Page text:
Monday, January 8, 2018


By Mary Kennedy                         

Let's face it. New Year's Day is already a memory. But what happened to those lofty resolutions you planned to make? Did you really make them? 

I asked a group of friends to fess up about their resolutions. I should preface this by saying that I've already given up on the whole idea of resolutions, even though I've written articles about them for health publications in the past.
Why do I feel so glum, so pessimistic about them?

Here are a few startling stats.  Only 8 percent of people stick to their resolutions. Most people abandon their resolutions by the end of January! And if you ask them to list their resolutions three months later, they can't even remember them. Ouch. That says a lot.

But getting back to my circle of friends, they finally admitted that their "goals" might be too extreme. One wanted to become a vegan and she's not even a vegetarian. (I urged to take "baby steps." It's hard to change the eating habits of a lifetime and she seems to be a confirmed carnivore.)

Another was going to go for a 3 mile run every single morning before heading out to work. Did it happen? No! The blizzard pummeling us here in the northeast threw a wrench in her plans. Maybe she'll start the "running habit" when the weather improves, or maybe she will have lost interest in it.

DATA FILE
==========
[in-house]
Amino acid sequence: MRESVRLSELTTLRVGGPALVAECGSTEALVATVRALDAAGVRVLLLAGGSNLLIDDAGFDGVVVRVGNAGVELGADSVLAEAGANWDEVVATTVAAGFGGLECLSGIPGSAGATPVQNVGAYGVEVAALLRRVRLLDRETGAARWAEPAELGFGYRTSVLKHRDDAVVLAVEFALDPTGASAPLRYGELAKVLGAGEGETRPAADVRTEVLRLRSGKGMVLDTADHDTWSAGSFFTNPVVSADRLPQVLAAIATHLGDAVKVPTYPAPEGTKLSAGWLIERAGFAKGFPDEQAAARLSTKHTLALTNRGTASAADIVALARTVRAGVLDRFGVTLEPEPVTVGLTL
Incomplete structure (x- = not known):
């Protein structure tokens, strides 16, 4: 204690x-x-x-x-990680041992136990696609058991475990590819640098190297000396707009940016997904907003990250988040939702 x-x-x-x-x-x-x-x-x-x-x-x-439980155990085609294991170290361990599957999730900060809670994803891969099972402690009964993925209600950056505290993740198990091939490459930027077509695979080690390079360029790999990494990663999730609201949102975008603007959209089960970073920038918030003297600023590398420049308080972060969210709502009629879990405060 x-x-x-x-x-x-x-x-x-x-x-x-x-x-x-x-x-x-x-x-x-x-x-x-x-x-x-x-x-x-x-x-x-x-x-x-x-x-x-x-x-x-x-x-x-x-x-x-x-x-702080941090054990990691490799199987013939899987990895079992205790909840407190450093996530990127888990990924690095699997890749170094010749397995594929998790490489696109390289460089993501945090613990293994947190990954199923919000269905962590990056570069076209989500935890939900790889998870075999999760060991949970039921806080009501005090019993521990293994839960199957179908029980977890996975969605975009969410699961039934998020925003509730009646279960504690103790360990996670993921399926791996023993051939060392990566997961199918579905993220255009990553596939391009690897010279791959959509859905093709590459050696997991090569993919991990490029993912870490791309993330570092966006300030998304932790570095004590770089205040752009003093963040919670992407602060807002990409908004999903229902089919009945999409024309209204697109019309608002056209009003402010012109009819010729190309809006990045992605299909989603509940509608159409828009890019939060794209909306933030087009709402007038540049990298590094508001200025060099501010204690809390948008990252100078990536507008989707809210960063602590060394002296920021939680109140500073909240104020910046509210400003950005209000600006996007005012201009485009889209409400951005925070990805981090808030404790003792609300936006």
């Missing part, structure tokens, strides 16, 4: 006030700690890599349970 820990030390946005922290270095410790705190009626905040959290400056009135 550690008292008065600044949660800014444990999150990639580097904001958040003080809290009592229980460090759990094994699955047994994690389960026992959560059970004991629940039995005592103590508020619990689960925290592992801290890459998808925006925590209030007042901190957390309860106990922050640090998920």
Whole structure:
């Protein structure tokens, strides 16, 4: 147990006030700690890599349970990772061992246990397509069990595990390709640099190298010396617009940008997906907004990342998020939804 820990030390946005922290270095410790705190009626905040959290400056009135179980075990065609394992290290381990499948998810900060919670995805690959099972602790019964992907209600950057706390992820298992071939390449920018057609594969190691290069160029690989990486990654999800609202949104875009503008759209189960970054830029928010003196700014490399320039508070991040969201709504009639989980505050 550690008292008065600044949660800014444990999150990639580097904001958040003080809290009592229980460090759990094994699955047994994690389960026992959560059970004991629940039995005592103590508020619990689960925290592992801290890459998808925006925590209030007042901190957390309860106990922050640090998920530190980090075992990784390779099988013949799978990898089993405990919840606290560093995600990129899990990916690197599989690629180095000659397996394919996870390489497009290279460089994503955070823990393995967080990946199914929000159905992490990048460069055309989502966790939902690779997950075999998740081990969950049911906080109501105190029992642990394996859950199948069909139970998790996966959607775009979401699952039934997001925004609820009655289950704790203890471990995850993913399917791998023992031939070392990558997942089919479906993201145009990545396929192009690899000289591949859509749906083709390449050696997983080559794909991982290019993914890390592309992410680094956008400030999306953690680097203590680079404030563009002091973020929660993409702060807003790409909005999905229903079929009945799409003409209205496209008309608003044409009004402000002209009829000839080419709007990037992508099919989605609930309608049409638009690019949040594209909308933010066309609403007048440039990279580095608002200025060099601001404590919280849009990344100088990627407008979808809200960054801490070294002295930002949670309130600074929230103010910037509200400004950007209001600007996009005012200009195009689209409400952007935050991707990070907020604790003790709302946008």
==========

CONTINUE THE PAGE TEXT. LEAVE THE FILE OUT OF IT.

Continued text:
Another was going to give up all "bad carbs" forever. Yes, forever.


Forever has a pretty scary sound to it. Why not just limit the amount of bad carbs? Control portion size or save them for special occasions.

Most of my friends' resolutions seem to center on diet and exercise. And they admitted that they make the same resolutions year after year.  

One friend said she was going to give up pasta. All forms of pasta. Yet I know she enjoys a big family meal at her mother-in-law's house every Sunday and home-made pasta is the main dish. Yes, she can nibble at a salad, but will she? Really? She's also sworn off bread, so she can't even have the delicious home-made bread her mother-in-law serves with the meal.

I urged her to think of Sunday dinner as a "treat" day. Something special, something to look forward to. She should be able to enjoy a nice plate of pasta once a week without feeling guilty. All she has to do is think about portion control and not eat pasta the other six days. She admits that pasta is her trigger, her "kryptonite," so she really does have to limit it. One bowl will lead to three, if she's not careful!

How about you? Have you given up on the whole idea of resolutions, as I have, or do you still make a few? I'd love to hear from you!

Mary Kennedy
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